In Ben Valentine’s review on Hyperallergic of the Berkley version of Barry McGee, Valentine completely missed the mark and misunderstood McGee’s work and what was going on in the show. Valentine repeatedly refers to McGee as a “street artist” or his work as “street art”, a mistake that was made in some of the Boston press as well, perhaps because street artist is a more institutionally acceptable term than the much more accurate “graffiti artist” or “graffiti writer”. Valentine also claimed that there were sculptures all around the show of McGee tagging walls, and suggested that this might be some sort of mid-life crisis/street-cred proving move by McGee to show that he is still authentic. In fact, practically the opposite is true. Those sculptures actually depict McGee’s assistant Josh Lozcano and help to point out that McGee is older and that he is not longer as directly as involved in the culture he grew up in as he might like to be, whereas Lozcano is from a slightly younger generation and continued on as an active and accomplished writer long after McGee went into his current stage of semi-retirement.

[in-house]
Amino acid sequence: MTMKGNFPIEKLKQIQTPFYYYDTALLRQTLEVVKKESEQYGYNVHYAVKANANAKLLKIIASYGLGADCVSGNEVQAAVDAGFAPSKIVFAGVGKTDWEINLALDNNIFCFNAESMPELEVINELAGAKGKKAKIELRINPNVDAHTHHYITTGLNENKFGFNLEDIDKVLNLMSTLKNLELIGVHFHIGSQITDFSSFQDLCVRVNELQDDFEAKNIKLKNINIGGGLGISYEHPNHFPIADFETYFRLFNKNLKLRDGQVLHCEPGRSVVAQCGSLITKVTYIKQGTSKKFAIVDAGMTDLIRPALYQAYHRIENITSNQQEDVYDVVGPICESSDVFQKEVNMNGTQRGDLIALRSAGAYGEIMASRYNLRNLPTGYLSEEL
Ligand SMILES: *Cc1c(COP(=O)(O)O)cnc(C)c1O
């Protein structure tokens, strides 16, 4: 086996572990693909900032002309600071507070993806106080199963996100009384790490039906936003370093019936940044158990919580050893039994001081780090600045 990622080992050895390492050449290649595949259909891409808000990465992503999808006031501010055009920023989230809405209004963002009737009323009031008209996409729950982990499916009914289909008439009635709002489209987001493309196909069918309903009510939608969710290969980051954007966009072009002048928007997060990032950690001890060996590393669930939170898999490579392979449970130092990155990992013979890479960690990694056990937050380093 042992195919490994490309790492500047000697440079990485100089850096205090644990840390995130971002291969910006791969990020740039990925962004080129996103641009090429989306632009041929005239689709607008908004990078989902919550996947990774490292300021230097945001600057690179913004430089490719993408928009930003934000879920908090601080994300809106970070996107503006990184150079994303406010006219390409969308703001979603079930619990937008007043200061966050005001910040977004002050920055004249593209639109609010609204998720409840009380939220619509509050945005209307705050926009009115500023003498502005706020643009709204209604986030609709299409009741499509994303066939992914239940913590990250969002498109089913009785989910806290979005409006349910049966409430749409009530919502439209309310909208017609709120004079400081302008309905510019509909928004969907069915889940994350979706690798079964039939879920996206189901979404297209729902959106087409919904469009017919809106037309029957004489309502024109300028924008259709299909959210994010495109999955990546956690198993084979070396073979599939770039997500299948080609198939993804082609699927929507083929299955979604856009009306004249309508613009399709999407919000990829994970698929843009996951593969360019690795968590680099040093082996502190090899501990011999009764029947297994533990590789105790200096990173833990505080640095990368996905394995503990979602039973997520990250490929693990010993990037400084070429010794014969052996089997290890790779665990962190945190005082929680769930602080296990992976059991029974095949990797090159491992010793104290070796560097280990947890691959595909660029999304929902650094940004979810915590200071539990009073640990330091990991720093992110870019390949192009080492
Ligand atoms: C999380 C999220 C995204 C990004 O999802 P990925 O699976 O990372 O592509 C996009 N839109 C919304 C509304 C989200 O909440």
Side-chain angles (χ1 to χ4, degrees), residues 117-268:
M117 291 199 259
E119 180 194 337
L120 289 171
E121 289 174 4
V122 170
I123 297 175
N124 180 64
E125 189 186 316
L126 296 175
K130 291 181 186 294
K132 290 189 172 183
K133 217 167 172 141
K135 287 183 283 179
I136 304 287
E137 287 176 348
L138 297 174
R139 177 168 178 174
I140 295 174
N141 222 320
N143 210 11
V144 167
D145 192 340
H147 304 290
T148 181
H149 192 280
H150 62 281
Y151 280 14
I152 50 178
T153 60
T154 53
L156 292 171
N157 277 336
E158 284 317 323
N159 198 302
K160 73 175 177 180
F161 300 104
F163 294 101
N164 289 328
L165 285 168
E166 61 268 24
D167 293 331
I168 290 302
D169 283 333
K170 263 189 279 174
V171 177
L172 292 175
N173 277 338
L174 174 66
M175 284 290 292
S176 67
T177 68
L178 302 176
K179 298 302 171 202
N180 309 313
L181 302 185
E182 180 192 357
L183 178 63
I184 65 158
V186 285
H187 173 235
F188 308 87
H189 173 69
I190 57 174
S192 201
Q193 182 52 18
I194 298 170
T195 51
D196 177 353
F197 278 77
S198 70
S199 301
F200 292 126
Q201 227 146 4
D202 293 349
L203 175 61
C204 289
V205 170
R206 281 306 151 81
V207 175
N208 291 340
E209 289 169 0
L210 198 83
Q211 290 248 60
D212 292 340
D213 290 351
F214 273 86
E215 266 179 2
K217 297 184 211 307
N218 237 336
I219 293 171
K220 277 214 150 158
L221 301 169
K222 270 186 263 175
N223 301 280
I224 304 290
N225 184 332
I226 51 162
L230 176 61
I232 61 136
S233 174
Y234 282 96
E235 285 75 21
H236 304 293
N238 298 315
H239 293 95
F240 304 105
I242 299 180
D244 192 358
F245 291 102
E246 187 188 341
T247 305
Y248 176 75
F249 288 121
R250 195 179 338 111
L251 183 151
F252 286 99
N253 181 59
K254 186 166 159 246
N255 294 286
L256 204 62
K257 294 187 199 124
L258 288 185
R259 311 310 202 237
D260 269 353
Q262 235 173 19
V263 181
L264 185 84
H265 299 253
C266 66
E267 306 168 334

Similarly, at the opening at the ICA I heard multiple people asking docents what the letters “THR,” “CBT,” or “DFW” stood for or meant (the letters appear throughout much of the work in the show). The docents were either unable to answer or radioed in to their superiors and then explained that the letters were acronyms for “The Human Race” and “Down For Whatever,” but the significance of the letters is much more important than the meaning. DFW, CBT, and THR are graffiti crews that McGee is affiliated with. McGee is repping his crews in his own way, now that he has the attention of museum-goes and does not have the freedom to go out writing graffiti as much as he once did. Of course volunteer docents cannot be expected to know everything about every exhibition, but if McGee’s show has meaning beyond “these are some cool drawings I did,” it has to do with graffiti’s relationship to the museum and the community spirit of graffiti versus the one-man genius model of the museum.